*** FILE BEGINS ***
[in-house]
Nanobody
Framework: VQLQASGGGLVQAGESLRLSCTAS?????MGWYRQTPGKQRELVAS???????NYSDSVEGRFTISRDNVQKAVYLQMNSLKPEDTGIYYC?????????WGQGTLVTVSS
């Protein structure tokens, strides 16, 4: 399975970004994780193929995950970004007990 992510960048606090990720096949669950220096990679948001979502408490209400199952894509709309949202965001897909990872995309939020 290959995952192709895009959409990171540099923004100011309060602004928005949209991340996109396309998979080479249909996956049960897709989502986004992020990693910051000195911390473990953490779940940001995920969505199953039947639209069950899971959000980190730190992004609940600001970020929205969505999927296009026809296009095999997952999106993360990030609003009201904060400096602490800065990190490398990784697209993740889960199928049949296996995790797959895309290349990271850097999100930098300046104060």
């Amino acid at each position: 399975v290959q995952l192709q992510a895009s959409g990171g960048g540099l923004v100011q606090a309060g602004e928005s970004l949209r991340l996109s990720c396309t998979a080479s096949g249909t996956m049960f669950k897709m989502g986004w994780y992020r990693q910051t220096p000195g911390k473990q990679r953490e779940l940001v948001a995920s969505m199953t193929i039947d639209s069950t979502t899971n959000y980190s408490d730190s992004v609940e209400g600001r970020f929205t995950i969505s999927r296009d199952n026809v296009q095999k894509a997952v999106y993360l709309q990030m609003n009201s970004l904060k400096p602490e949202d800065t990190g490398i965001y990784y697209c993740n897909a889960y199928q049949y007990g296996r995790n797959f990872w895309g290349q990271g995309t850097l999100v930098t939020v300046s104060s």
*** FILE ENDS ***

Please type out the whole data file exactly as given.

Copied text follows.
[in-house]
Nanobody
Framework: VQLQASGGGLVQAGESLRLSCTAS?????MGWYRQTPGKQRELVAS???????NYSDSVEGRFTISRDNVQKAVYLQMNSLKPEDTGIYYC?????????WGQGTLVTVSS
């Protein structure tokens, strides 16, 4: 399975970004994780193929995950970004007990 992510960048606090990720096949669950220096990679948001979502408490209400199952894509709309949202965001897909990872995309939020 290959995952192709895009959409990171540099923004100011309060602004928005949209991340996109396309998979080479249909996956049960897709989502986004992020990693910051000195911390473990953490779940940001995920969505199953039947639209069950899971959000980190730190992004609940600001970020929205969505999927296009026809296009095999997952999106993360990030609003009201904060400096602490800065990190490398990784697209993740889960199928049949296996995790797959895309290349990271850097999100930098300046104060």
């Amino acid at each position: 399975v290959q995952l192709q992510a895009s959409g990171g960048g540099l923004v100011q606090a309060g602004e928005s970004l949209r991340l996109s990720c396309t998979a080479s096949g249909t996956m049960f669950k897709m989502g986004w994780y992020r990693q910051t220096p000195g911390k473990q990679r953490e779940l940001v948001a995920s969505m199953t193929i039947d639209s069950t979502t899971n959000y980190s408490d730190s992004v609940e209400g600001r970020f929205t995950i969505s999927r296009d199952n026809v296009q095999k894509a997952v999106y993360l709309q990030m609003n009201s970004l904060k400096p602490e949202d800065t990190g490398i965001y990784y697209c993740n897909a889960y199928q049949y007990g296996r995790n797959f990872w895309g290349q990271g995309t850097l999100v930098t939020v300046s104060s």